Tuesday, September 12, 2017

John Veckly, Jr. and The Forgotten War

Through my ancestral research, I've reconnected with my mother's cousin Jane, who is my closest living connection to the Voegtly family. I'm so glad that I was able to track her down, rather randomly actually, through a letter I found when I quickly stepped into my home office to grab my slippers, since it was so chilly today. I noticed this single letter sitting on my desk amidst all the boxes and piles of paper, practically shouting at me to pick it up.

I don't recall seeing this letter before, or setting it aside, but there it was. I grabbed it and brought it downstairs to continue my online research later, but a clue written on the outside of the envelope by my mother led me to wonder. It was probably an hour or two later when I found an email address for one of Jane's sons and I sent him a hopeful email. It was only minutes later that he wrote back and confirmed I had the right person.

This found letter was sent to my mom in 1978 from her cousin, Jane, letting my mom know that her uncle, Jane's father, John Voegtly, Jr., had died. On the front and back of the envelope, my mother had written the key to unsolving a mystery that has stumped me for several months. It was almost as if she knew someone (maybe me) would be looking for this after her death.

Her notes said simply "My cousin Jane – daughter of my Uncle John (VOEGTLY), mother's brother – he changed his to VECKLY. I've been searching for months for Voegtly, not Veckly, and as soon as I entered the correct spelling, it was almost scary what I could find online. And I couldn't be happier.

I also found out that my mother's only other first cousin, Jane's brother, was killed in the Korean War when he was only 20 years old. He was a Marine like my dad was. And for awhile he was stationed at Camp Pendleton in Oceanside, CA, where I lived right after college, renting a room from a Marine wife whose husband was stationed in Okinawa for six months. Interesting to have that connection so many decades later. When we were kids my family went to visit Arlington Cemetery and I wonder now if we looked for his tombstone. I found the details of his service and a copy of his tombstone that I wanted to share.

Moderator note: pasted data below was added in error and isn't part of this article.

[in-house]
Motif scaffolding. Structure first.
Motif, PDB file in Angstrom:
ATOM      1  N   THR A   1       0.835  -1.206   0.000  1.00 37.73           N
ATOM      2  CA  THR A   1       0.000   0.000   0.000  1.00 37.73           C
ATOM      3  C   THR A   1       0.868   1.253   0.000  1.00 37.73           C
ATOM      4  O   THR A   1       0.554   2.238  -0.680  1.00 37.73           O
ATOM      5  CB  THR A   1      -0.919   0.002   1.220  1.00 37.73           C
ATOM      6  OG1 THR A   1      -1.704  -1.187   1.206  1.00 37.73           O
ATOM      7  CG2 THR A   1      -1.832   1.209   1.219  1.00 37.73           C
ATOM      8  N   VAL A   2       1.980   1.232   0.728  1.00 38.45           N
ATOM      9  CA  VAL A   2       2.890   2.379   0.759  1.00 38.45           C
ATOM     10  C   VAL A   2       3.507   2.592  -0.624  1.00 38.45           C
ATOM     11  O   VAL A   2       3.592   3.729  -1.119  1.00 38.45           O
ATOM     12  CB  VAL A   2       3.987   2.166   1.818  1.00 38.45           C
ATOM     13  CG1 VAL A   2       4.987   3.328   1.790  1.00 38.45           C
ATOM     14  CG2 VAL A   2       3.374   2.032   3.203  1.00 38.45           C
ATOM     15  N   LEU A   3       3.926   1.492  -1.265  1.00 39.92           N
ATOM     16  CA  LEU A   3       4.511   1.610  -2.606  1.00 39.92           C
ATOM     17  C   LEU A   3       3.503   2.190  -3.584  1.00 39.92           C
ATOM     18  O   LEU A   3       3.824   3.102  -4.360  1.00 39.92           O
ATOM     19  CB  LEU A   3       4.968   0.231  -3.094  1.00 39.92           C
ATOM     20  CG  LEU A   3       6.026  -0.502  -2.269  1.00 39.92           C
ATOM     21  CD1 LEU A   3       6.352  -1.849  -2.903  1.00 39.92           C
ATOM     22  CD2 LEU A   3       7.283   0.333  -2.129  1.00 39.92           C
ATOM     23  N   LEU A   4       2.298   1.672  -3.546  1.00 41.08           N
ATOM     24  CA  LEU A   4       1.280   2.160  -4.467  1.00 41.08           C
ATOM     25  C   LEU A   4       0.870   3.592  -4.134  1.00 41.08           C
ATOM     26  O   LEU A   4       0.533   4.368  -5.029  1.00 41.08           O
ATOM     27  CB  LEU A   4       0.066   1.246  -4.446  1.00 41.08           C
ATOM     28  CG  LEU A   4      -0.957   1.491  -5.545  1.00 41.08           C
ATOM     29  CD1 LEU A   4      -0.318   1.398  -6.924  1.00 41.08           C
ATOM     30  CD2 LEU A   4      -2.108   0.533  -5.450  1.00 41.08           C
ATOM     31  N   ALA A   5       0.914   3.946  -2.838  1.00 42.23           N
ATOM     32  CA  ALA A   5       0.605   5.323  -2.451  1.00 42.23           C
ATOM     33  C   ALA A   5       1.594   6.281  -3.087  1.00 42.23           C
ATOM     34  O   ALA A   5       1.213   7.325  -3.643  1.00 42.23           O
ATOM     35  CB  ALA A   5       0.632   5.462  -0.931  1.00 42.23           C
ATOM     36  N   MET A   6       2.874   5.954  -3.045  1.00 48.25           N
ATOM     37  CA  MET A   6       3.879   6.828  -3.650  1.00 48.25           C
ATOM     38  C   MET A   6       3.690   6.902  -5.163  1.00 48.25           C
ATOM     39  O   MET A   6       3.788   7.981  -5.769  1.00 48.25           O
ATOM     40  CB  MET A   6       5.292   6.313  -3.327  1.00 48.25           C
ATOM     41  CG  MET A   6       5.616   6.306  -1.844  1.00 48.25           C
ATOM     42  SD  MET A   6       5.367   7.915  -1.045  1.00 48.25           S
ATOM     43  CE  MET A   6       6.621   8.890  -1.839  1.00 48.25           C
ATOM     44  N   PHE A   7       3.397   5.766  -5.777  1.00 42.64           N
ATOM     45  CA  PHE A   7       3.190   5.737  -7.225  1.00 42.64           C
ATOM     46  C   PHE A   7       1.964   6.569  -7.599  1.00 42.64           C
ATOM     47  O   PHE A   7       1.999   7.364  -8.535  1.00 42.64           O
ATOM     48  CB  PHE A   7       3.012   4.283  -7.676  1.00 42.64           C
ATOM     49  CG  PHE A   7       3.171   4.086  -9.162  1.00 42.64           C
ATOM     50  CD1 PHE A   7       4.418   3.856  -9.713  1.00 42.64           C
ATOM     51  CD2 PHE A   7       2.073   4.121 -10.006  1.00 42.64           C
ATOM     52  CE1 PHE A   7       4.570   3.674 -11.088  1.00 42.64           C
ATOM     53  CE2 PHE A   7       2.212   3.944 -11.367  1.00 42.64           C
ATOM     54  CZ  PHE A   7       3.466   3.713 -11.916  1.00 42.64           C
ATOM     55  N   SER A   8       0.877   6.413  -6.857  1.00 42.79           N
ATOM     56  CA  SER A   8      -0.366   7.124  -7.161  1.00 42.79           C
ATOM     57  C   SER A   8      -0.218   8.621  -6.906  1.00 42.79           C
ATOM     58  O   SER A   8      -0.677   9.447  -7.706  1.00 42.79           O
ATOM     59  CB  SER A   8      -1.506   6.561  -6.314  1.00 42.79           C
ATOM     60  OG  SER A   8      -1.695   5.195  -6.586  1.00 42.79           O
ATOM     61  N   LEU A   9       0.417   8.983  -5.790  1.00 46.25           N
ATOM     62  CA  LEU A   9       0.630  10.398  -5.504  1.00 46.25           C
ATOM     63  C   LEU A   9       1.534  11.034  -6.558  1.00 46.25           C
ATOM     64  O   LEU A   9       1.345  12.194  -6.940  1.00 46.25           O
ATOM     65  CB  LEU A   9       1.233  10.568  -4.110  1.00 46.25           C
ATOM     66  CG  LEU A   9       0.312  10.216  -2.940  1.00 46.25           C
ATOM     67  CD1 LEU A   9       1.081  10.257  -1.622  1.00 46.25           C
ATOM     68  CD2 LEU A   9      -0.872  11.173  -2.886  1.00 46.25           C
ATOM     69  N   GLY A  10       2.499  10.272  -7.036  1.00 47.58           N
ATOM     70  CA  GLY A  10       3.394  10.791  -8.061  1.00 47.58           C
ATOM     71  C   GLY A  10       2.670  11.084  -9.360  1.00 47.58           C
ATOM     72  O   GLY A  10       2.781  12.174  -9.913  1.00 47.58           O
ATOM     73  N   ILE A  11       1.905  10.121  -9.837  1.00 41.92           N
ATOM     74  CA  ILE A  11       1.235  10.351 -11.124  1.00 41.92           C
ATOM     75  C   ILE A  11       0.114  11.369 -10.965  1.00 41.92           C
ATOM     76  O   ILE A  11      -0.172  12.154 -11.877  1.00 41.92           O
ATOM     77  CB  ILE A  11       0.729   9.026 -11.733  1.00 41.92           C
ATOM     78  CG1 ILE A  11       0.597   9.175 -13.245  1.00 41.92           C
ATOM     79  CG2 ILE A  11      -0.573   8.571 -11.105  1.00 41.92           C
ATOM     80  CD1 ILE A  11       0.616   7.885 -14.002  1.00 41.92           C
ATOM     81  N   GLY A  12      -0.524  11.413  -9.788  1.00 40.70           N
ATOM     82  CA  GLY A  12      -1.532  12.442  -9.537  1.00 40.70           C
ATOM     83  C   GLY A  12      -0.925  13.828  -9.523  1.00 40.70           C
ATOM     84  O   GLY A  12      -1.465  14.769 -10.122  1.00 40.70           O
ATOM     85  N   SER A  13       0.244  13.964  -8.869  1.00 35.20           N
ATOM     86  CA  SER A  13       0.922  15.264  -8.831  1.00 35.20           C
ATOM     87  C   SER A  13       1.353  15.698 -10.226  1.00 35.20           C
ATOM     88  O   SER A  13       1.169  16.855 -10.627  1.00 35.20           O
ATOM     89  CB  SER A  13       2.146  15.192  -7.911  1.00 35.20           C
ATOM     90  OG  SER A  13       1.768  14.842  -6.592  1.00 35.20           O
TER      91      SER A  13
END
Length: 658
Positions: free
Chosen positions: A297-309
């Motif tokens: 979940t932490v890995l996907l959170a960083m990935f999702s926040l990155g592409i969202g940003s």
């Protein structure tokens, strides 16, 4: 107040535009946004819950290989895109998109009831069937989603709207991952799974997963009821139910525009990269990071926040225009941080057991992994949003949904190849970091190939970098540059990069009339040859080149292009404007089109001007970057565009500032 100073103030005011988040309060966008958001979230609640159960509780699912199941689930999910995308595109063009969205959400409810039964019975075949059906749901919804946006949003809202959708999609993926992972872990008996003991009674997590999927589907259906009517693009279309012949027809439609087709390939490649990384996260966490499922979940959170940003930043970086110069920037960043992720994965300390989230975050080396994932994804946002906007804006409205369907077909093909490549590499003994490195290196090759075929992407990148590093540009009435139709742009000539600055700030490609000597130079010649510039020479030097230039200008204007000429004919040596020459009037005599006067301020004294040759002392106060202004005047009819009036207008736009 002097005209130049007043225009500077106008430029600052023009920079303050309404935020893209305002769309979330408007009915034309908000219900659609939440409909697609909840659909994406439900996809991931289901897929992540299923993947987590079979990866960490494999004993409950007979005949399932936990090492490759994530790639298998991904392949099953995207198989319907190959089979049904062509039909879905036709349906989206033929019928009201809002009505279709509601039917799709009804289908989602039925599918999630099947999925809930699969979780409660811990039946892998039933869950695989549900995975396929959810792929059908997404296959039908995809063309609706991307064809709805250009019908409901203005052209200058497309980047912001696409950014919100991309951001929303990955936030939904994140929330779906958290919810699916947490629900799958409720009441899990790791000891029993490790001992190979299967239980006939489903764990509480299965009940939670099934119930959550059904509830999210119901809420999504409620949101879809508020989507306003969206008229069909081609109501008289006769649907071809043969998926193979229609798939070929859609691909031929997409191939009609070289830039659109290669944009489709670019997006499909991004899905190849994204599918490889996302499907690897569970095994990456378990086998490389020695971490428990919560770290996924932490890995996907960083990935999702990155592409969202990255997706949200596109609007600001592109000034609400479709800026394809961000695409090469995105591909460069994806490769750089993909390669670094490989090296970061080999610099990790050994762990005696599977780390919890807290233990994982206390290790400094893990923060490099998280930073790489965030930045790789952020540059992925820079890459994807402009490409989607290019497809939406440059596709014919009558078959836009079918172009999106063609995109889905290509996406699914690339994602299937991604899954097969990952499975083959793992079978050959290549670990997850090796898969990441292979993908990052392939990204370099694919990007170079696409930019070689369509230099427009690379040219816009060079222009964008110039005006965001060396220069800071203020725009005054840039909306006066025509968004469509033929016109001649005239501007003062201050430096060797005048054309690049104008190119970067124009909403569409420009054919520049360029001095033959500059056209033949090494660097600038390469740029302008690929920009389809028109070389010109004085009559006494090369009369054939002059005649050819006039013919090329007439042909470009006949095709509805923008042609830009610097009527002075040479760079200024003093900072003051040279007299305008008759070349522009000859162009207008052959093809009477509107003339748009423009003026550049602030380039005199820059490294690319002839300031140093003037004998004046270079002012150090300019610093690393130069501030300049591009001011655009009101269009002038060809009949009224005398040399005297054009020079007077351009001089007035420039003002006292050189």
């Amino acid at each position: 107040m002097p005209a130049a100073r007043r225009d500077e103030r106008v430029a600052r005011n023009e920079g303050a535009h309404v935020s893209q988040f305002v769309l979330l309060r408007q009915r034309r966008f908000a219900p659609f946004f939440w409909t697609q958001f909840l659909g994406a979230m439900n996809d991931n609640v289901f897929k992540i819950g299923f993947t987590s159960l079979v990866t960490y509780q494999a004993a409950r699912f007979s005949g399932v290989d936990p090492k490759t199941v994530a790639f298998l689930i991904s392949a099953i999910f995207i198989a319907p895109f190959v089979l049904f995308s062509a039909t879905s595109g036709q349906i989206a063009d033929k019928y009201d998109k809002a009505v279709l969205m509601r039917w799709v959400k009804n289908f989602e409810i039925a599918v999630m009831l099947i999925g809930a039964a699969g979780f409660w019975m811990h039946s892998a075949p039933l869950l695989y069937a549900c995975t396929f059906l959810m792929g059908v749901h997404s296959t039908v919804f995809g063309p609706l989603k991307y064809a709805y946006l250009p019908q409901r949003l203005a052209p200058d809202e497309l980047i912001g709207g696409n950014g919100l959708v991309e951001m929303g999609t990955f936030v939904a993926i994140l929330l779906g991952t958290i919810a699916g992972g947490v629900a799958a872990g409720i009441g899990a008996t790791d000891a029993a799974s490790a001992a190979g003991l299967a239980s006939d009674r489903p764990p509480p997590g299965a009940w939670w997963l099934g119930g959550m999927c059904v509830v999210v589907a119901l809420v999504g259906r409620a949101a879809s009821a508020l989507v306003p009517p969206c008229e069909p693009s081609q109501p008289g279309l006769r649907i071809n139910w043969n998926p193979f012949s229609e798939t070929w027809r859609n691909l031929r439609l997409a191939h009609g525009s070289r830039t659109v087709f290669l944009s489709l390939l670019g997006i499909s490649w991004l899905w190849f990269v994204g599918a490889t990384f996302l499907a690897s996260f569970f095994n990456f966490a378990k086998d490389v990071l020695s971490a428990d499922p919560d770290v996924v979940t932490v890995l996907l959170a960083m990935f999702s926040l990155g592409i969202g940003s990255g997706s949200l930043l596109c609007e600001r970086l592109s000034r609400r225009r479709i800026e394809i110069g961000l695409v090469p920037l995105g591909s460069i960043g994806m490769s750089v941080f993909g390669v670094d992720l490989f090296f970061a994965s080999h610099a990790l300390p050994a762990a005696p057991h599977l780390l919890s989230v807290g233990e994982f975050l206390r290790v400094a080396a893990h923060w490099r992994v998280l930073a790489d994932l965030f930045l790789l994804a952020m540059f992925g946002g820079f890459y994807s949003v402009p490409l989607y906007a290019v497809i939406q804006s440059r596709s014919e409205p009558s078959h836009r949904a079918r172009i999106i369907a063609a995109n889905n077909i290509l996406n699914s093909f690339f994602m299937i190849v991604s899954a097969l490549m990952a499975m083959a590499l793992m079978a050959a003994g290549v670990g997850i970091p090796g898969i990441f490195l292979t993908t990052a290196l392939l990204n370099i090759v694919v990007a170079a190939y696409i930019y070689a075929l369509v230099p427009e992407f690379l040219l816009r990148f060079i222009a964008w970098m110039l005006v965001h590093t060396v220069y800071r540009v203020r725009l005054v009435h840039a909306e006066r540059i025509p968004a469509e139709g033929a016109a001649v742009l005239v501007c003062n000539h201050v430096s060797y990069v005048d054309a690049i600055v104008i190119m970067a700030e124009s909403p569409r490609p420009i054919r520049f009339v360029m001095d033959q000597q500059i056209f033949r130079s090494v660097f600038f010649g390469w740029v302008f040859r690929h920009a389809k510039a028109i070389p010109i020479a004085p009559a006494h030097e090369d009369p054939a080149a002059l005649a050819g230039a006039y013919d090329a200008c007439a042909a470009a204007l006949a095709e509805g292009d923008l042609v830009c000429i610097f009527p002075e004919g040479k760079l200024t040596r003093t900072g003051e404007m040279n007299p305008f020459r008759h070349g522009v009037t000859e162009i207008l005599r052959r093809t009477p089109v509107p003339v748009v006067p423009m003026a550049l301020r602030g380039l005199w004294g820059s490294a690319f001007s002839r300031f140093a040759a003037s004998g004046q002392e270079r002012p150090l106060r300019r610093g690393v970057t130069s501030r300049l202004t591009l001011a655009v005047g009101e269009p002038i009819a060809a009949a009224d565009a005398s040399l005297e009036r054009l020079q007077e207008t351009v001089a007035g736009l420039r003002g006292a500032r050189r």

Private First Class Veckly was a member of Company D, 2nd Battalion, 1st Marines, 1st Marine Division. He was Killed in Action while fighting the enemy in Korea on November 1, 1951 and posthumously received the National Defense Service Medal, the Korean Presidential Unit Citation and the Republic of Korea War Service Medal. "Jack" Veckly was stationed at Parris Island, then Camp Pendleton, and traveled to Korea in the Summer of 1951.


  1. That's such a tragedic store,it brought tears to my eyes.Sometimes people has to die in war without being guilty and that's exactly happened to john veckly Jr.

  2. Is there a way to email me privately? We may be related.

  3. My grandfather passed his Korean war album to me. In it I found the memorial service flier containing Pfc Veckley's information. If you would like photographs of the flier, please e-mail me, jiggetyj@hotmail.com semper fidelis PFC Veckley, you are not forgotten.

  4. This may seem incredible but my father, Christian Kranenberg, was John Veckly's BAR teammate in Korea from the onset of their arrival in early September, 1951. They fought side by side in the Punchbowl battles at Hills 749 and 812 during mid-September, 1951. My father recalled how John Veckly died. After taking Hill 749, the 2nd Battalion (Dog, Easy, and Fox Companies) defended the hill. Each company rotated manning the MLR (main line of resistance) several weeks at a time. Dog Company was on the MLR and after a small battle the night before, a Chinese soldier stranded and hiding beyond the MLR surrendered the following afternoon. The platoon officer asked for four volunteers to retrieve the soldier. John Veckly was one of those volunteers. Barbed wire was strung along the MLR in front of the trenches and bunkers built by the Marines. Several sections of the barbed wire could be moved aside to access the area beyond the MLR. These sections had trip wires running a few inches off the ground inside the barbed wire as a defense if the enemy breached an access area. As the group approached the access point, a Marine accidentally caught the trip wire with his boot and a Claymore mine was detonated. The explosion killed John Veckly and seriously wounded two other Marines. My father said it was a tragic incident that was particularly difficult for Dog Company to come to terms with.

    1. Wow, I'm sorry I haven't had time to be on my blog for a long time and I'm just seeing this. I can't tell you how touched I am that you would find this post and tell me about how he died. Since my parents are both gone I had no one to ask. Do you have any photos of your dad with the rest of the men? I would love to do a follow up post on this if you would allow. Is there any write up of this anywhere in military records? You can reach me at sarahambrose1@gmail.com if you would be willing to share more.